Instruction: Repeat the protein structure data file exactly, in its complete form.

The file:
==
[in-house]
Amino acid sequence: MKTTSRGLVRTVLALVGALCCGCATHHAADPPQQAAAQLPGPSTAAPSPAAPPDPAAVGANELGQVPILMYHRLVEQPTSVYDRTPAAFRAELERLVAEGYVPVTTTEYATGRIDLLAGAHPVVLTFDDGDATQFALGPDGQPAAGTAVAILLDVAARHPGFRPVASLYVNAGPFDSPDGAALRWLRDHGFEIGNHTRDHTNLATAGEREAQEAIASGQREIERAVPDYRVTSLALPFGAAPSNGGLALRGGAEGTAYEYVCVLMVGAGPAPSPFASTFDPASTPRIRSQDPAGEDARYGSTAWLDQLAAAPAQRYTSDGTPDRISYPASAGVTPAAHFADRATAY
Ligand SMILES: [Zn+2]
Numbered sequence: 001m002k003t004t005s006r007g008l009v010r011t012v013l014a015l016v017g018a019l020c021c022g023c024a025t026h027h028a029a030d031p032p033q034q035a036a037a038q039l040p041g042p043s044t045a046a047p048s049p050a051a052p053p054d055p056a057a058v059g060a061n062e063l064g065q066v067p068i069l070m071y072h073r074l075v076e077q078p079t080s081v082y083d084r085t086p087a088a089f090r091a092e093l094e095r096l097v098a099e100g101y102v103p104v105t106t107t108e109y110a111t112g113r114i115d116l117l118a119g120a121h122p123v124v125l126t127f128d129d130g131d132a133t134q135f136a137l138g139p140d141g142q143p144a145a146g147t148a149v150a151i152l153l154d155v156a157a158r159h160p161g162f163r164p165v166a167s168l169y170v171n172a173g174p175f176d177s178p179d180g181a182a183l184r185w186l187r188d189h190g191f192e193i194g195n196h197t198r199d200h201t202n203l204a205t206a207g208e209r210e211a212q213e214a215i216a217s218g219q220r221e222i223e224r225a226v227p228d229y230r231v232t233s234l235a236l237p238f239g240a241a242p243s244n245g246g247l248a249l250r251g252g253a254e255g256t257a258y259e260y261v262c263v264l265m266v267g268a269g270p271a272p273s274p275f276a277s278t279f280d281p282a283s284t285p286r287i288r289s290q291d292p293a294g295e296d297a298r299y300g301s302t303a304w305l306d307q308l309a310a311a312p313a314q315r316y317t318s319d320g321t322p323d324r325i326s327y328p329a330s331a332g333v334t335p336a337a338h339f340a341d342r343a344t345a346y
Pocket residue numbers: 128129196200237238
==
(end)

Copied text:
[in-house]
Amino acid sequence: MKTTSRGLVRTVLALVGALCCGCATHHAADPPQQAAAQLPGPSTAAPSPAAPPDPAAVGANELGQVPILMYHRLVEQPTSVYDRTPAAFRAELERLVAEGYVPVTTTEYATGRIDLLAGAHPVVLTFDDGDATQFALGPDGQPAAGTAVAILLDVAARHPGFRPVASLYVNAGPFDSPDGAALRWLRDHGFEIGNHTRDHTNLATAGEREAQEAIASGQREIERAVPDYRVTSLALPFGAAPSNGGLALRGGAEGTAYEYVCVLMVGAGPAPSPFASTFDPASTPRIRSQDPAGEDARYGSTAWLDQLAAAPAQRYTSDGTPDRISYPASAGVTPAAHFADRATAY
Ligand SMILES: [Zn+2]
Numbered sequence: 001m002k003t004t005s006r007g008l009v010r011t012v013l014a015l016v017g018a019l020c021c022g023c024a025t026h027h028a029a030d031p032p033q034q035a036a037a038q039l040p041g042p043s044t045a046a047p048s049p050a051a052p053p054d055p056a057a058v059g060a061n062e063l064g065q066v067p068i069l070m071y072h073r074l075v076e077q078p079t080s081v082y083d084r085t086p087a088a089f090r091a092e093l094e095r096l097v098a099e100g101y102v103p104v105t106t107t108e109y110a111t112g113r114i115d116l117l118a119g120a121h122p123v124v125l126t127f128d129d130g131d132a133t134q135f136a137l138g139p140d141g142q143p144a145a146g147t148a149v150a151i152l153l154d155v156a157a158r159h160p161g162f163r164p165v166a167s168l169y170v171n172a173g174p175f176d177s178p179d180g181a182a183l184r185w186l187r188d189h190g191f192e193i194g195n196h197t198r199d200h201t202n203l204a205t206a207g208e209r210e211a212q213e214a215i216a217s218g219q220r221e222i223e224r225a226v227p228d229y230r231v232t233s234l235a236l237p238f239g240a241a242p243s244n245g246g247l248a249l250r251g252g253a254e255g256t257a258y259e260y261v262c263v264l265m266v267g268a269g270p271a272p273s274p275f276a277s278t279f280d281p282a283s284t285p286r287i288r289s290q291d292p293a294g295e296d297a298r299y300g301s302t303a304w305l306d307q308l309a310a311a312p313a314q315r316y317t318s319d320g321t322p323d324r325i326s327y328p329a330s331a332g333v334t335p336a337a338h339f340a341d342r343a344t345a346y
Pocket residue numbers: 128129196200237238